Thanks to a fellow sound recordist getting some work he couldn’t say no to I managed to get myself on to the Wildeye wildlife sound recording course in late November. I’d put the course on my list of things I’d like to do when I have some spare money (like that’ll ever happen with a 10 week old baby!?) but jumped at the chance when the place was discounted.
The course starts on the friday night when the tutors Chris Watson and Jez Riley French and all course participants introduce themselves, listen to some examples of the tutors work and tuck in to some hot food and, if you’ve brought some, a little drink. My course was made up of a range of wildlife recording enthusiasts, academics, community group workers and professional wildlife sound recordists who had travelled especially from all over the world. I was the only one from the dark side of television looking to branch out, a bit surprising really!
The saturday starts with breakfast then it’s on with the course. Lots of info from Chris and Jez about how they work, what they use and a few tips and tricks. I could tell you more but you really should go on the course. Thanks to the diverse makeup of our group the questions ranged from the technical to the philosophical and everywhere in between, something I wasn’t expecting and was really glad happened. Most of my notes seem to be about the ethics, philosophy and psychology of recording rather than the technicalities of MS matrix or soundfield mics!
Soon enough lunch time and then the evening rolled around, but not before we grabbed our kit and went out in to the wind and rain to capture some sounds. For most of us this was a bit of a failure as the local wildlife did the sensible thing and stayed at home to avoid the worst of the weather! After a nice hot dinner and maybe a few drinks some of us spotted the rain had abated and hatched a plan to go to a local nature area for some more recording. I grabbed my coat and came along with my MS rig to see what I could find. An hour in the wind and rain later and all I got was mild hypothermia, one lost glove and one nice recording of a crescendo of wind and rain whilst sheltering inside a small wood. When you listen to it imagine standing in the middle of a wood, trees looming over you, all alone in the dark at 1am. That’s what it was like as I recorded it.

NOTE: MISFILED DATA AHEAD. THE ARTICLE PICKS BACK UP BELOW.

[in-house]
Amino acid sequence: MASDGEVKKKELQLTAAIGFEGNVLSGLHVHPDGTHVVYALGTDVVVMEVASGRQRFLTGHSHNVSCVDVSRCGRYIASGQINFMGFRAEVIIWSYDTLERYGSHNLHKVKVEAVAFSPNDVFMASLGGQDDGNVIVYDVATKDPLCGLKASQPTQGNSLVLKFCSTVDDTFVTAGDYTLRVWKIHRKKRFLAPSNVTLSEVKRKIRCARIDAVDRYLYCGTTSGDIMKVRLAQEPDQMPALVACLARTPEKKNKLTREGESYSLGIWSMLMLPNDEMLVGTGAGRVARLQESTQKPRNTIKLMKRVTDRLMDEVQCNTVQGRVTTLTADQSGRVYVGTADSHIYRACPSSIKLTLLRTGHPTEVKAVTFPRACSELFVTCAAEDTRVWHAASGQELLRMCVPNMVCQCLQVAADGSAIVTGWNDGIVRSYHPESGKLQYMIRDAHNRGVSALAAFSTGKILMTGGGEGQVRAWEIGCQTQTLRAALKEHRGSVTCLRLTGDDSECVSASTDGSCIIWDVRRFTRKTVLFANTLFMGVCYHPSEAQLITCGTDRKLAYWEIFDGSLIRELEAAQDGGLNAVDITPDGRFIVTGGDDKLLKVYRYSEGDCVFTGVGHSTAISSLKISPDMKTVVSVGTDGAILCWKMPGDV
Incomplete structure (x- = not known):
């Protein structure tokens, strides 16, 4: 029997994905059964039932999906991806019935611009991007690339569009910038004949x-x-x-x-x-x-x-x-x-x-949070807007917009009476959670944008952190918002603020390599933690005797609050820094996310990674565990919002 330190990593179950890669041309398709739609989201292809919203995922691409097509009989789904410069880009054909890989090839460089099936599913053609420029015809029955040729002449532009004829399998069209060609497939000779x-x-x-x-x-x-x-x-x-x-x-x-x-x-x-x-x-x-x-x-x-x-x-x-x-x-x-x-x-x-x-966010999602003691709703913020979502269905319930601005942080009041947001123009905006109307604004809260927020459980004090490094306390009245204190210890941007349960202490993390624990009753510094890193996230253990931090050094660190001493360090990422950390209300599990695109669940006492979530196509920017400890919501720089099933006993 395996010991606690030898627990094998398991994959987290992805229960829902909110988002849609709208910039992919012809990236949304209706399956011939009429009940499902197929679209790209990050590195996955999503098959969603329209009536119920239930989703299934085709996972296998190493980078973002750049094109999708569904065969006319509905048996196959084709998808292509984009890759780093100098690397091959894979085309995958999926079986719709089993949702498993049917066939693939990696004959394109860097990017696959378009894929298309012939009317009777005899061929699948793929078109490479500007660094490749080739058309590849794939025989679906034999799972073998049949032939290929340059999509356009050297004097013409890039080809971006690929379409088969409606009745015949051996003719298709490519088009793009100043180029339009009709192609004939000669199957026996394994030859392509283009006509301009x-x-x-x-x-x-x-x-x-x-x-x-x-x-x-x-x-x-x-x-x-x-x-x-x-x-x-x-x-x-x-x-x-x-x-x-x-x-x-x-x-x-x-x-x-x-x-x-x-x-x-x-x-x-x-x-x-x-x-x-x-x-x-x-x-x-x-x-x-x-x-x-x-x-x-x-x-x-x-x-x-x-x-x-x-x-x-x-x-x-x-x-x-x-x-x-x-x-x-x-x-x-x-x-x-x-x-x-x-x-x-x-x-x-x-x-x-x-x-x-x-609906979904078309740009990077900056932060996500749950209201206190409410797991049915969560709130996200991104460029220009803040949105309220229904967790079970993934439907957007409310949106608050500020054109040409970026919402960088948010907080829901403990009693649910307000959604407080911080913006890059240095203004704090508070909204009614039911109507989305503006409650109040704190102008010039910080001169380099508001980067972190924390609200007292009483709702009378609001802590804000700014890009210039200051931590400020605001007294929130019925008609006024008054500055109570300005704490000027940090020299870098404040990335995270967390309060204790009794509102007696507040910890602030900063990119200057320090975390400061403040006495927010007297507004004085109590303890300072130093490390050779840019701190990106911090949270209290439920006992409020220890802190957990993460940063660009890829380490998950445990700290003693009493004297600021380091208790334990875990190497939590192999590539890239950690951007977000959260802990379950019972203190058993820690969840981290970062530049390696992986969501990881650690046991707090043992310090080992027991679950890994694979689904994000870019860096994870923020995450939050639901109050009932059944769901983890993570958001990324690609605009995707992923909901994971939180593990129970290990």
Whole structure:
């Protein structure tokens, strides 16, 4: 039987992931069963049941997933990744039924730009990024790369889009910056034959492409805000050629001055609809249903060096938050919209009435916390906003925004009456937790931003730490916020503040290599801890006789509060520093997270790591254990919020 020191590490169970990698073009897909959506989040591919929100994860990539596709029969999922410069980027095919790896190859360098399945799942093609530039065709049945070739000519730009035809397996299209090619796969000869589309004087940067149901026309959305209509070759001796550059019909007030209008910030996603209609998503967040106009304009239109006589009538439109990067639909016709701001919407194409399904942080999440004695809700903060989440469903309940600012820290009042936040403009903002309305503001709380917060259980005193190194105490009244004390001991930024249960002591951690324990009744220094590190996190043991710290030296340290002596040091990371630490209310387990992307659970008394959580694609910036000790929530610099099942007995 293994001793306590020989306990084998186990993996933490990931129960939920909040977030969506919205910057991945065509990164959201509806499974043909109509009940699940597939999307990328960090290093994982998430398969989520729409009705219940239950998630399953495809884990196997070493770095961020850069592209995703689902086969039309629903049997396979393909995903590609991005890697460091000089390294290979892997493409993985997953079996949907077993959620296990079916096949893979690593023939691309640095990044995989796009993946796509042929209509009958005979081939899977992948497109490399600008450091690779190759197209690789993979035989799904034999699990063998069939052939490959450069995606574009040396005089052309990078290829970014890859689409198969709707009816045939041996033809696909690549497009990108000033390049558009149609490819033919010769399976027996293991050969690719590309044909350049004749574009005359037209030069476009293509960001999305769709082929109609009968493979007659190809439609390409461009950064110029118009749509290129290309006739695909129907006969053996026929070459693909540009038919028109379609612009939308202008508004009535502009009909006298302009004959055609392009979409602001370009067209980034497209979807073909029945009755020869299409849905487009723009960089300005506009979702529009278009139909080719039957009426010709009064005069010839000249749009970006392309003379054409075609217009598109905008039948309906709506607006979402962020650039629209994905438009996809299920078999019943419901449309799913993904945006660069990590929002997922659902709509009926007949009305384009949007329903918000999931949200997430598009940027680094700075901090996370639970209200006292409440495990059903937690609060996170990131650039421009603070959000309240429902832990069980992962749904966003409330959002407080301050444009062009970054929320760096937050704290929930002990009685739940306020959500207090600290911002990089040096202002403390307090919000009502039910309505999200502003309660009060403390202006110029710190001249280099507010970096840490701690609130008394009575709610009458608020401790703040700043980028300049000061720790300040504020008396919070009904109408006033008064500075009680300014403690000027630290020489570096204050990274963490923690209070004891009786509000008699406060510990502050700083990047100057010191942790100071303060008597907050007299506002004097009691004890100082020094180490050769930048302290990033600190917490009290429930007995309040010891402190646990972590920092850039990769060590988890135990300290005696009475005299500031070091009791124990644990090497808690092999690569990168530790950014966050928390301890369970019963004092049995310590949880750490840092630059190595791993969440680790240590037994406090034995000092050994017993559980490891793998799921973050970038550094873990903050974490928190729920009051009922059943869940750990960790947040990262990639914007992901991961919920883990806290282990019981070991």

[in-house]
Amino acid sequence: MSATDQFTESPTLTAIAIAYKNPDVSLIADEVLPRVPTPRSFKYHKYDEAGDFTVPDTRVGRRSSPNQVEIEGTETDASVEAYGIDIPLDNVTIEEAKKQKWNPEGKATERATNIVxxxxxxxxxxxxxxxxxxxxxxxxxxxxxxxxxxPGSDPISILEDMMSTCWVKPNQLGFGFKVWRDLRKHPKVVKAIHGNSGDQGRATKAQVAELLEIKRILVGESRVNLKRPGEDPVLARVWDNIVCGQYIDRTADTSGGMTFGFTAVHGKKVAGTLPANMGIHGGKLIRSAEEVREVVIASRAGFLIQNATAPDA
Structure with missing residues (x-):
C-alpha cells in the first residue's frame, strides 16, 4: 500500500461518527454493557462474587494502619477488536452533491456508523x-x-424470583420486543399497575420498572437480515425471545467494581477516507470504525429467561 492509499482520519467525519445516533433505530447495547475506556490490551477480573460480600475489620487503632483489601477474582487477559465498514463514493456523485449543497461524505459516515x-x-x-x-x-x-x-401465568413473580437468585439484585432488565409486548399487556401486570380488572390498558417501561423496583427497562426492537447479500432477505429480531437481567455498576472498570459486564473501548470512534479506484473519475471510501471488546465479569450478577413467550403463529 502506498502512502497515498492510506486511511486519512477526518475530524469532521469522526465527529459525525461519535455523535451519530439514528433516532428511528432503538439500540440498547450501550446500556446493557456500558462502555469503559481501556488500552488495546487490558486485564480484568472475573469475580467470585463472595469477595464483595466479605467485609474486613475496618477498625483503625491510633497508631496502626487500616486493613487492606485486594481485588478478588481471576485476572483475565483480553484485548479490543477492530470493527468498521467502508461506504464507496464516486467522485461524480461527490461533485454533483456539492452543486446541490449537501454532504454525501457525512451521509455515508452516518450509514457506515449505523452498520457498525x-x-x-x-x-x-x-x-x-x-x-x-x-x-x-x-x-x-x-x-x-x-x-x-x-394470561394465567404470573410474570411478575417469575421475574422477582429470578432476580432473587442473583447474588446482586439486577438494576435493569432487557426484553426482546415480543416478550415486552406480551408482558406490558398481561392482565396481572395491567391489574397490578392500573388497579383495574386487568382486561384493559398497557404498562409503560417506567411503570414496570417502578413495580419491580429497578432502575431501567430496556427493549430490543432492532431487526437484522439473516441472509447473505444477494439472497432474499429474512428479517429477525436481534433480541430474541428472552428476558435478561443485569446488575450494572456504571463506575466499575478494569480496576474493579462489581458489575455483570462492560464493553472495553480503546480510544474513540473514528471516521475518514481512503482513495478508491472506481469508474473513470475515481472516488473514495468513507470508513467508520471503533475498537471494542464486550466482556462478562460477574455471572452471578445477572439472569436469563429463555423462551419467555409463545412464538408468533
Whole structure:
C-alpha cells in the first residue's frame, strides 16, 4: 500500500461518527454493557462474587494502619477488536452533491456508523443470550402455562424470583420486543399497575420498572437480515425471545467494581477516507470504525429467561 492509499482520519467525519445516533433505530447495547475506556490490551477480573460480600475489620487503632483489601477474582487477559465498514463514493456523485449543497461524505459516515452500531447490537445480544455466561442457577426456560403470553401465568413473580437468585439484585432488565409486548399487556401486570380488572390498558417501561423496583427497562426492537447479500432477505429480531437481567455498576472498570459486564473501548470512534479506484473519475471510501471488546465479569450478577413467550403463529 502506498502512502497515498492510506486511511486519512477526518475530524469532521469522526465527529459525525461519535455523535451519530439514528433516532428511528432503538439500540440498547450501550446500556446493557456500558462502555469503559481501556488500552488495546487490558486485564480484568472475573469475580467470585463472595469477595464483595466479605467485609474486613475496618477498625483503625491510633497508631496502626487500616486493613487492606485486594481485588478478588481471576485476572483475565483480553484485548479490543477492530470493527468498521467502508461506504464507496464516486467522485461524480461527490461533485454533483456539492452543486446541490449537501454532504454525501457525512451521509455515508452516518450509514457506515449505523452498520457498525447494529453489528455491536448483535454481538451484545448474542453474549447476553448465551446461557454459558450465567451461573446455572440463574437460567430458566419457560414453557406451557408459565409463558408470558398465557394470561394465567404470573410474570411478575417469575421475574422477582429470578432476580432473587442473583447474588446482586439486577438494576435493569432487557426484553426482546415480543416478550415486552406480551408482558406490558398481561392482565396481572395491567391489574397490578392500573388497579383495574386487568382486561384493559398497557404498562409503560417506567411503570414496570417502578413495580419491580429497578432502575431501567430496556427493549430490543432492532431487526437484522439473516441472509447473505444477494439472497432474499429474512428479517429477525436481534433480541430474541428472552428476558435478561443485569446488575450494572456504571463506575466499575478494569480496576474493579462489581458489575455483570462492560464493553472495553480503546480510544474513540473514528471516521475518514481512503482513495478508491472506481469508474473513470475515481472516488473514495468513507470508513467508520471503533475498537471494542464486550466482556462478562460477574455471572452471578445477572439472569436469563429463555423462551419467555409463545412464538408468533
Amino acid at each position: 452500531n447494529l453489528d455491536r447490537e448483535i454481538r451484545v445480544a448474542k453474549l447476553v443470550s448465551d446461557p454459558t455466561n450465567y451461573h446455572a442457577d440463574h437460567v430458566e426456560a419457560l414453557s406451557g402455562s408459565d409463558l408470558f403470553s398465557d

Breakfast bright and early on the sunday and we loaded in to the minibus for the trip to Horsey Beach to see, and more importantly record, the Grey Seals that are pupping at this time of year. It was a cold and windy day and most of us were wrapped up in jackets, gloves, scarfs and hats, some had flasks of coffee and tea too! The seals were right by the car park so it didn’t take long for us all to throw on our headphones and hit record. The high winds were a bit much for the AKG SE300b MS setup I’d mounted in my 416 Rycote zep but I managed to get a few recordings of the beach atmospheres and the seal pups calling to their mums.
After the trip back to Whitwell Hall and some lunch we listened to each other’s recordings, asked a few final questions then it was all over. I jumped in the car and sped back home for dinner and a cuddle with the newborn.
I really enjoyed the course. Thanks to my background in radio and my job as a sound recordist I knew about the technicalities of recording already, but the range of people on the course provoked questions and ideas that don’t come up in the course of a normal days recording for me. I left Norfolk inspired to record more, to explore a wider range of sound recording techniques than the usual mono 416 and a couple of lavs and to collaborate with local artists and galleries on sound projects. I think that’s a pretty good result for a few days sat geeking out over tech, sounds and nature!
As usual I shot a few (terrible iPhone) photos while I was there, which can be found in their own set in Flickr, here.